Don Carlo in Parma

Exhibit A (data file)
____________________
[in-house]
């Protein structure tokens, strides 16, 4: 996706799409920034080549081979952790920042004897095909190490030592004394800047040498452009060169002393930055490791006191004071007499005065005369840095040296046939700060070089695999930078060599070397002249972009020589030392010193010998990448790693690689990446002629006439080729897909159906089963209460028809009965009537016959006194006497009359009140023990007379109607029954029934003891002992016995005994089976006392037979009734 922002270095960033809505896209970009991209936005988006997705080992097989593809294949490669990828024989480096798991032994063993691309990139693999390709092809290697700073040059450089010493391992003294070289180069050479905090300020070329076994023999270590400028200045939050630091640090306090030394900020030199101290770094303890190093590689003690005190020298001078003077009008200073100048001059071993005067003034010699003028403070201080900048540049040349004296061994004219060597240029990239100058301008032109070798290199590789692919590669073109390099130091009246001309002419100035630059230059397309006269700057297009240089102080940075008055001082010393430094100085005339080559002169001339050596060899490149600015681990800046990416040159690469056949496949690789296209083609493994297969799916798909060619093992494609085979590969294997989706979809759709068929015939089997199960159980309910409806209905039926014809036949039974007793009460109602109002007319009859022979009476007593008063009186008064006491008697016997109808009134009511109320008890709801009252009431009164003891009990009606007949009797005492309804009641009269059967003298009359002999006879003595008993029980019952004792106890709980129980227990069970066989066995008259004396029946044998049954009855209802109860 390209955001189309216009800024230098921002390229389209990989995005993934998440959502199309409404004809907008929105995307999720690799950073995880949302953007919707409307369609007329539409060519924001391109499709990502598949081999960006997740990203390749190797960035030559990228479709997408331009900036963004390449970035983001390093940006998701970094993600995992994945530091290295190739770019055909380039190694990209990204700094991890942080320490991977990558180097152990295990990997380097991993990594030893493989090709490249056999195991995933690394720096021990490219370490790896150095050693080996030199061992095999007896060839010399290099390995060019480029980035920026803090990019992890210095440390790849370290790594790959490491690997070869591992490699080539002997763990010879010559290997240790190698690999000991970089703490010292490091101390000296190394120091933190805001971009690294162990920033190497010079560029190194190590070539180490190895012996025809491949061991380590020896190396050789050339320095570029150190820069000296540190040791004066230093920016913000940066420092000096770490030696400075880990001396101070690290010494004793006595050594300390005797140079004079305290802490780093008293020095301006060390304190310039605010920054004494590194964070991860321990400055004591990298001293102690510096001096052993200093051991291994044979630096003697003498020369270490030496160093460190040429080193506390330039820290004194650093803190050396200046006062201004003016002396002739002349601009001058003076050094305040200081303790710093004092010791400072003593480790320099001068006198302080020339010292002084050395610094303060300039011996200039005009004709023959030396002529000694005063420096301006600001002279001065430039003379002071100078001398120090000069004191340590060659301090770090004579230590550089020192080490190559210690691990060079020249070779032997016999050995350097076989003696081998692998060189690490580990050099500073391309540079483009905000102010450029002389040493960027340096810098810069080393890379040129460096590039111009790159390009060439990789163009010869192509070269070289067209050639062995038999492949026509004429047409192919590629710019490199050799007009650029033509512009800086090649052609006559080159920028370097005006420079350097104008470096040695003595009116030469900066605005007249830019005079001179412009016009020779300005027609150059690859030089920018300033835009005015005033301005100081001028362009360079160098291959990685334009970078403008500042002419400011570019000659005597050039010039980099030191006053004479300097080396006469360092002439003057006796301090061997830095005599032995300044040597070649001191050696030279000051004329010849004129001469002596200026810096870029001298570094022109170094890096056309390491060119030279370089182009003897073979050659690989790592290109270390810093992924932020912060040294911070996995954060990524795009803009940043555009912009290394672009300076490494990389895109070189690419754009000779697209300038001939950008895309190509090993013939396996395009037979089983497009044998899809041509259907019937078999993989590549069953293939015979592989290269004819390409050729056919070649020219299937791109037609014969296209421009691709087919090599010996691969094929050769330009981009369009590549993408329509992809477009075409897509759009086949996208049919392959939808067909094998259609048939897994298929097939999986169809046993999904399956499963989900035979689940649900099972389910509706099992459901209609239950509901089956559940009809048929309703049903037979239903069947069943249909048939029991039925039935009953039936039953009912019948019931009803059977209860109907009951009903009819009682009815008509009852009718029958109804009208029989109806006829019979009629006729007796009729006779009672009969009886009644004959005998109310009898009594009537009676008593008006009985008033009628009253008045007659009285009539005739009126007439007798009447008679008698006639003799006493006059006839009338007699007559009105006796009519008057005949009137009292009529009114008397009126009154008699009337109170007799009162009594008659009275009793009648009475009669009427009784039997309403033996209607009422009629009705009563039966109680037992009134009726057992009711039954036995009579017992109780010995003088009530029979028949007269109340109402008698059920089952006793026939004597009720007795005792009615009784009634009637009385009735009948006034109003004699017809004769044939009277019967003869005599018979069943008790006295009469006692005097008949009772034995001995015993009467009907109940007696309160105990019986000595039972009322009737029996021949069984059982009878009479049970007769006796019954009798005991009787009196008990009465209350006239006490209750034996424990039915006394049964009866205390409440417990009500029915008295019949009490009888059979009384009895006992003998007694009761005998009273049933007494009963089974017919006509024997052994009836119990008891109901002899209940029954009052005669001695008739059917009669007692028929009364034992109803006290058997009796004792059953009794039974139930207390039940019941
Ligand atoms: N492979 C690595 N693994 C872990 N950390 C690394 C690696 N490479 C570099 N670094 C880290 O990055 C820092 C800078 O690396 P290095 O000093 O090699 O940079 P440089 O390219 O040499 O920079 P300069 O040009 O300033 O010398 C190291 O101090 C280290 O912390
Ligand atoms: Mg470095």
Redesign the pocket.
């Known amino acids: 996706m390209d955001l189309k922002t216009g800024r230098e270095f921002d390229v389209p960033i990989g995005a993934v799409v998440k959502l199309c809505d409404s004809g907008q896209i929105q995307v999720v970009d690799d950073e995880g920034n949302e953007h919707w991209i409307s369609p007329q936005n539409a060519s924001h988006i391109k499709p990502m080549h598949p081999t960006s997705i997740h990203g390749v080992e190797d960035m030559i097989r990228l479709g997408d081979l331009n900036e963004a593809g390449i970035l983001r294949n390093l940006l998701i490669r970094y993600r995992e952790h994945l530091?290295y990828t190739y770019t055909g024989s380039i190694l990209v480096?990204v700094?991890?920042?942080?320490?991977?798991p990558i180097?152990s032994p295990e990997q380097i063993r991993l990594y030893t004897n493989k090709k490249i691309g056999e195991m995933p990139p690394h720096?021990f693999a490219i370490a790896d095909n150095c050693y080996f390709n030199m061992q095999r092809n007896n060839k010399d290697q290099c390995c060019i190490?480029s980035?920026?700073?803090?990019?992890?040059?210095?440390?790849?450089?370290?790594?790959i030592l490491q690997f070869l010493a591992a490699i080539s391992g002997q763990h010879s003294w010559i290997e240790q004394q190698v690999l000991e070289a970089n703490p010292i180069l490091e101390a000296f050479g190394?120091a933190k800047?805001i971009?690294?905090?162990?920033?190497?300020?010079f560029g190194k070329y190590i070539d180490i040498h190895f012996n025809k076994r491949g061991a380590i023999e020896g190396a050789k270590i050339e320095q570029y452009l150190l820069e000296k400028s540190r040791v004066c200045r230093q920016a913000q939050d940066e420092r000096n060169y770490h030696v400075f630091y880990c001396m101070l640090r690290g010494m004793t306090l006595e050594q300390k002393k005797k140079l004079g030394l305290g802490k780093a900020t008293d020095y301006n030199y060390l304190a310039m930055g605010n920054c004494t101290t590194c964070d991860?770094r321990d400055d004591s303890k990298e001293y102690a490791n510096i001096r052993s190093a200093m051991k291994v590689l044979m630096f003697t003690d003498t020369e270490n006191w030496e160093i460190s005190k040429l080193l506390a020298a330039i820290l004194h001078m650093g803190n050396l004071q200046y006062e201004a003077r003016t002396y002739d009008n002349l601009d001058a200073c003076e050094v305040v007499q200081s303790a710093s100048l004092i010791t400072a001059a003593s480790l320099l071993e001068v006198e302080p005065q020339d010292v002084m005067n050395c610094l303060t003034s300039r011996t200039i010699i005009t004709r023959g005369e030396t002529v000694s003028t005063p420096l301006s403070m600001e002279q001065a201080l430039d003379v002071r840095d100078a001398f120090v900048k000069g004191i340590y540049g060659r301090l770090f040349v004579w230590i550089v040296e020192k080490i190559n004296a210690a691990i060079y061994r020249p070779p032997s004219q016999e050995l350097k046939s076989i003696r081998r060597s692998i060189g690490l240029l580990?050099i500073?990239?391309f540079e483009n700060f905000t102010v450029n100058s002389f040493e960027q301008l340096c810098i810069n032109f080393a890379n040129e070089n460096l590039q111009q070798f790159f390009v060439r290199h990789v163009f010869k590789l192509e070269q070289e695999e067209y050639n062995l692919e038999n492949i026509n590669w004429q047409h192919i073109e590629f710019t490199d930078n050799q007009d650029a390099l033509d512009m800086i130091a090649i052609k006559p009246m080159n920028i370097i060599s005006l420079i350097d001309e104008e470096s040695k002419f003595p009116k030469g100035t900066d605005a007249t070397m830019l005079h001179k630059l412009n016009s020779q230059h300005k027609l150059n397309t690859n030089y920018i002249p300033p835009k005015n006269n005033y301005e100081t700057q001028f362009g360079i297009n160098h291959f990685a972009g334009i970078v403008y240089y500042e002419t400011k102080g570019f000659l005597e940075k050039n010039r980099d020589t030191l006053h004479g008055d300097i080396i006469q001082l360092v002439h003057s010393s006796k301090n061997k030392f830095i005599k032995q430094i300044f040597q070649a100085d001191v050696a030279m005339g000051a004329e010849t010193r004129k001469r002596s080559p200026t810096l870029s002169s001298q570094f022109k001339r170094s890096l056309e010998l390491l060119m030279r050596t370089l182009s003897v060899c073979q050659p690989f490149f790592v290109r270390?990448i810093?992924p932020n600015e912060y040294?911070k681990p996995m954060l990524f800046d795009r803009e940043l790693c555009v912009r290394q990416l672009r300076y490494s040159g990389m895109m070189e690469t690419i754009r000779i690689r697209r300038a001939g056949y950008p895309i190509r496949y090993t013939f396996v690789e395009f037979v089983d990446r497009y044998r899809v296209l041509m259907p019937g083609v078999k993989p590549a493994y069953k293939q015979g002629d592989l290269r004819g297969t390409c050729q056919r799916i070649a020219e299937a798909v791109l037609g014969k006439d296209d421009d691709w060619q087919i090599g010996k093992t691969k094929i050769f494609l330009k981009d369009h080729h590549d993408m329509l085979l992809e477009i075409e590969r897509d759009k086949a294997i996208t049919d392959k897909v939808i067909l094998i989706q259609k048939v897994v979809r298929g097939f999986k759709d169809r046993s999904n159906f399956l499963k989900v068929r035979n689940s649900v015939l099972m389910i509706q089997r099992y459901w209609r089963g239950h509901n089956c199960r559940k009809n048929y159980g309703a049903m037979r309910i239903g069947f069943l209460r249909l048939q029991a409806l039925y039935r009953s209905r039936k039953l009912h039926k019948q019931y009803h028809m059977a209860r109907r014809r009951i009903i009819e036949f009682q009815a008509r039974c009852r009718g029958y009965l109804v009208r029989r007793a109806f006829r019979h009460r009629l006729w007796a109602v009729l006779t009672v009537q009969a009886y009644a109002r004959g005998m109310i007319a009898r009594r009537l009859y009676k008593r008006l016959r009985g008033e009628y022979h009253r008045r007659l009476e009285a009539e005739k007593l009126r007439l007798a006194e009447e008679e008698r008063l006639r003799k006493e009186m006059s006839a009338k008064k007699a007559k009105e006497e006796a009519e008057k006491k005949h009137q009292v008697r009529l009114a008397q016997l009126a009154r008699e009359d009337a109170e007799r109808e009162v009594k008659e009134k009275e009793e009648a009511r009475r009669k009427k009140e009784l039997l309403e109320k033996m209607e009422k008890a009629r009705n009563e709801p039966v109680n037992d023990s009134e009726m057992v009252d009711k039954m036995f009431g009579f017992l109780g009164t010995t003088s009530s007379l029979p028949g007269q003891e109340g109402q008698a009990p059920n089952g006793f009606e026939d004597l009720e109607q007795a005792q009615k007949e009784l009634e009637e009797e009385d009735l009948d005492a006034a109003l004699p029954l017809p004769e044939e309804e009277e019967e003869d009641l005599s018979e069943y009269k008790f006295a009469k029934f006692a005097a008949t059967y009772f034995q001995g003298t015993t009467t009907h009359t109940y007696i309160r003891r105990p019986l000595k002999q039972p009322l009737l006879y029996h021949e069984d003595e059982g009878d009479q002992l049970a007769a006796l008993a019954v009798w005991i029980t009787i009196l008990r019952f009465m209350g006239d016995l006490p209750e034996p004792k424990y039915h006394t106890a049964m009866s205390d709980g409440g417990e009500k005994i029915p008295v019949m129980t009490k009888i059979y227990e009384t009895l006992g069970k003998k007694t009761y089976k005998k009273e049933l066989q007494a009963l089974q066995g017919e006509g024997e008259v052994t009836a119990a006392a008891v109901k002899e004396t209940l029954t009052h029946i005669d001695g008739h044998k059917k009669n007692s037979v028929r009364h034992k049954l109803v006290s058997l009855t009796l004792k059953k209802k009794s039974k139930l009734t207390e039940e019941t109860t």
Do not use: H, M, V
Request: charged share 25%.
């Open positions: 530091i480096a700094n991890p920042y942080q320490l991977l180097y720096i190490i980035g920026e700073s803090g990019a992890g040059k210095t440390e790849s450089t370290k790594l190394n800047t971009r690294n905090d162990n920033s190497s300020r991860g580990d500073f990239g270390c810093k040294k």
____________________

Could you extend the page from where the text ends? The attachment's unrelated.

Don Carlo, perhaps my favourite Verdi opera, would seem to be an ideal choice for a first visit to the famed Teatro Regio in Parma, his home town. The work needs and, as the event to open the Verdi Festival there should have had, top-class singers capable of doing it justice, as well as a production able to draw together its various themes: political and religious oppression, love, loneliness and jealousy. Sadly it had neither. Cesare Lievi’s staging had a few original touches – I particularly liked the succession of back drops (designer Maurizio Balò) which, in the last act, enclosed Carlo and Elisabetta to their inescapable fate – but otherwise failed to make the piece cohere dramatically. The audience at the Parma theatre has a reputation for the severity of its reception of singers but on this evening they were too indulgent in their judgement. They were right to hail the Posa of Vladimir Stoyanov for his fine vocal characterisation of the role, even though he lacked some warmth of tone in the upper register. In contrast they did not sufficiently credit the qualities of Serena Farnocchia, the only soloist performing at an international level. As Elisabetta, she spun out beautiful pianissimi and, when required, launched her outbursts with vigour but also clean tone and well-arched phrasing. Michele Pertusi offered a competent King Philip, but no more. Marianne Cornetti as Eboli adopted melodramatic postures and, to deliver the showpiece arias, cranked up the high notes after changing gear from her powerful chest voice. Veteran tenor José Bros might still have the voice for Carlo, but dramatically he did not come within a mile of the role, with little understanding of the vacillation between heroic bravura and humiliating weakness. Also he was not helped by his evident desire to sit down whenever this was appropriate, or sometimes inappropriate, for the situation, as when his great pal Rodrigo is shot and collapses. Daniel Oren in the pit supplied a sympathetic orchestral accompaniment which never really caught fire.